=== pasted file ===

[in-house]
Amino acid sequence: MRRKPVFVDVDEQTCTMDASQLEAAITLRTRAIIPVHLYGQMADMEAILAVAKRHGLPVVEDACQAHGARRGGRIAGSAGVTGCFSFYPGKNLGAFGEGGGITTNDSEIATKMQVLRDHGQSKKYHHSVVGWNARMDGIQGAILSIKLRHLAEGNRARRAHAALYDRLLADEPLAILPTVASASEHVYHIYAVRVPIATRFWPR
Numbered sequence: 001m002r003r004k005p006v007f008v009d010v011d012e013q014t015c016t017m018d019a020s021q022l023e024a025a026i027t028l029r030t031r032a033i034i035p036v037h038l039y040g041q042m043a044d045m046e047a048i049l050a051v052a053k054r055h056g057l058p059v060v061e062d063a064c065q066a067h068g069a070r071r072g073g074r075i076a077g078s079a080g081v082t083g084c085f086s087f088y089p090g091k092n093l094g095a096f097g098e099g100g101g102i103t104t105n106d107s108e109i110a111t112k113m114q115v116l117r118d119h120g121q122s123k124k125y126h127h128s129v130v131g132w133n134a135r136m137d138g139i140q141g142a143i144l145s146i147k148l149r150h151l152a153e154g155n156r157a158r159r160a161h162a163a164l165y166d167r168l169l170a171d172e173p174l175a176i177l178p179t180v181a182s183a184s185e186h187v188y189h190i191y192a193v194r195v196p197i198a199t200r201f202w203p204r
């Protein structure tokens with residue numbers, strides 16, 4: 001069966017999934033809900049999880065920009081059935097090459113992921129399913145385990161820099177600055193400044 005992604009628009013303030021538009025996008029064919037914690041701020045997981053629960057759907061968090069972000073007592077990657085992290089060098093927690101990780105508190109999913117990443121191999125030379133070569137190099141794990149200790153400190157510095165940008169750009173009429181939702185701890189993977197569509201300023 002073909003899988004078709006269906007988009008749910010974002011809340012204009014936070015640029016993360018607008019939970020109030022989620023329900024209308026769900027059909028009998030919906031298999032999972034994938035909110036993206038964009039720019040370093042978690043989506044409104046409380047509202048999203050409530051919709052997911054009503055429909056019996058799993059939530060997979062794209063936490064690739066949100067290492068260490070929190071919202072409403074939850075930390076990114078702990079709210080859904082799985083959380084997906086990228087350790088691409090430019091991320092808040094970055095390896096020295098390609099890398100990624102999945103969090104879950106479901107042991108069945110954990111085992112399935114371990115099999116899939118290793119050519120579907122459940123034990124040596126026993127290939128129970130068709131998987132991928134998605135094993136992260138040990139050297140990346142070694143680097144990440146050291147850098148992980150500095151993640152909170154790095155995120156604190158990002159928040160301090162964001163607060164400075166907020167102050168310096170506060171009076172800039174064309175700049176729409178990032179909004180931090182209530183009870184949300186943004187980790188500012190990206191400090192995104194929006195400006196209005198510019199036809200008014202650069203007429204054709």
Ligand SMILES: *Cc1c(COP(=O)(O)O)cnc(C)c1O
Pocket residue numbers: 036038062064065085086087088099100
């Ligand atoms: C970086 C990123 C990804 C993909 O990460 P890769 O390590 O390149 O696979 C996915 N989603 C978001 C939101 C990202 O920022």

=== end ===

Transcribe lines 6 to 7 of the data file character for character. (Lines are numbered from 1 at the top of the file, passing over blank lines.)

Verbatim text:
Pocket residue numbers: 036038062064065085086087088099100
């Ligand atoms: C970086 C990123 C990804 C993909 O990460 P890769 O390590 O390149 O696979 C996915 N989603 C978001 C939101 C990202 O920022």